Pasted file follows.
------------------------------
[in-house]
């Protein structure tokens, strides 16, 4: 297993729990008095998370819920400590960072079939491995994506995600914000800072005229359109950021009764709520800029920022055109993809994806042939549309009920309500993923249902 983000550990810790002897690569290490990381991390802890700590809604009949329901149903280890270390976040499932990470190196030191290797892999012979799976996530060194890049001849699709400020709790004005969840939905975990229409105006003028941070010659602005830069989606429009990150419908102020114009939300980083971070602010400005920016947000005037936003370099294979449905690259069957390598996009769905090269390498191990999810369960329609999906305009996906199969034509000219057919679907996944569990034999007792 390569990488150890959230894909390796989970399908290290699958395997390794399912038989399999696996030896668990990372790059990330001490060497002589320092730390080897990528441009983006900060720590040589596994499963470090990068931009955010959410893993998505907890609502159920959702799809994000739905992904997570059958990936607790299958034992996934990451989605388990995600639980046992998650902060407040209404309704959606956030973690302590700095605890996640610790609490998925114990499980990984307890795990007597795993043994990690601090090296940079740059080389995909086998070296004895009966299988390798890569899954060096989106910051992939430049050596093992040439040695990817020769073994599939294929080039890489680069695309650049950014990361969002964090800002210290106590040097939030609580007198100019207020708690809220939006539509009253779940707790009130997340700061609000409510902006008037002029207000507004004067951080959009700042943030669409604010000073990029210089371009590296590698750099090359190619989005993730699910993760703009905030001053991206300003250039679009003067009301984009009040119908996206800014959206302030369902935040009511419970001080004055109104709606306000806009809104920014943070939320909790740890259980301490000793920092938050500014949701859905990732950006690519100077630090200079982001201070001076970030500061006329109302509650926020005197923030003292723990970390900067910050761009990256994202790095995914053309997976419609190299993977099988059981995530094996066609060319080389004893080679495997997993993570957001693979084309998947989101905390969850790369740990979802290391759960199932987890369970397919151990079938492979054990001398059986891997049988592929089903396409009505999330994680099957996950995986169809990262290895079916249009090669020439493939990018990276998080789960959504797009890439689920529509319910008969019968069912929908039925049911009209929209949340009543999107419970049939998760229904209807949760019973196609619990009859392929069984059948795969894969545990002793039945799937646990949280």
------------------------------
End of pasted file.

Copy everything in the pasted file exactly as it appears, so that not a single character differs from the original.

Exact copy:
[in-house]
């Protein structure tokens, strides 16, 4: 297993729990008095998370819920400590960072079939491995994506995600914000800072005229359109950021009764709520800029920022055109993809994806042939549309009920309500993923249902 983000550990810790002897690569290490990381991390802890700590809604009949329901149903280890270390976040499932990470190196030191290797892999012979799976996530060194890049001849699709400020709790004005969840939905975990229409105006003028941070010659602005830069989606429009990150419908102020114009939300980083971070602010400005920016947000005037936003370099294979449905690259069957390598996009769905090269390498191990999810369960329609999906305009996906199969034509000219057919679907996944569990034999007792 390569990488150890959230894909390796989970399908290290699958395997390794399912038989399999696996030896668990990372790059990330001490060497002589320092730390080897990528441009983006900060720590040589596994499963470090990068931009955010959410893993998505907890609502159920959702799809994000739905992904997570059958990936607790299958034992996934990451989605388990995600639980046992998650902060407040209404309704959606956030973690302590700095605890996640610790609490998925114990499980990984307890795990007597795993043994990690601090090296940079740059080389995909086998070296004895009966299988390798890569899954060096989106910051992939430049050596093992040439040695990817020769073994599939294929080039890489680069695309650049950014990361969002964090800002210290106590040097939030609580007198100019207020708690809220939006539509009253779940707790009130997340700061609000409510902006008037002029207000507004004067951080959009700042943030669409604010000073990029210089371009590296590698750099090359190619989005993730699910993760703009905030001053991206300003250039679009003067009301984009009040119908996206800014959206302030369902935040009511419970001080004055109104709606306000806009809104920014943070939320909790740890259980301490000793920092938050500014949701859905990732950006690519100077630090200079982001201070001076970030500061006329109302509650926020005197923030003292723990970390900067910050761009990256994202790095995914053309997976419609190299993977099988059981995530094996066609060319080389004893080679495997997993993570957001693979084309998947989101905390969850790369740990979802290391759960199932987890369970397919151990079938492979054990001398059986891997049988592929089903396409009505999330994680099957996950995986169809990262290895079916249009090669020439493939990018990276998080789960959504797009890439689920529509319910008969019968069912929908039925049911009209929209949340009543999107419970049939998760229904209807949760019973196609619990009859392929069984059948795969894969545990002793039945799937646990949280």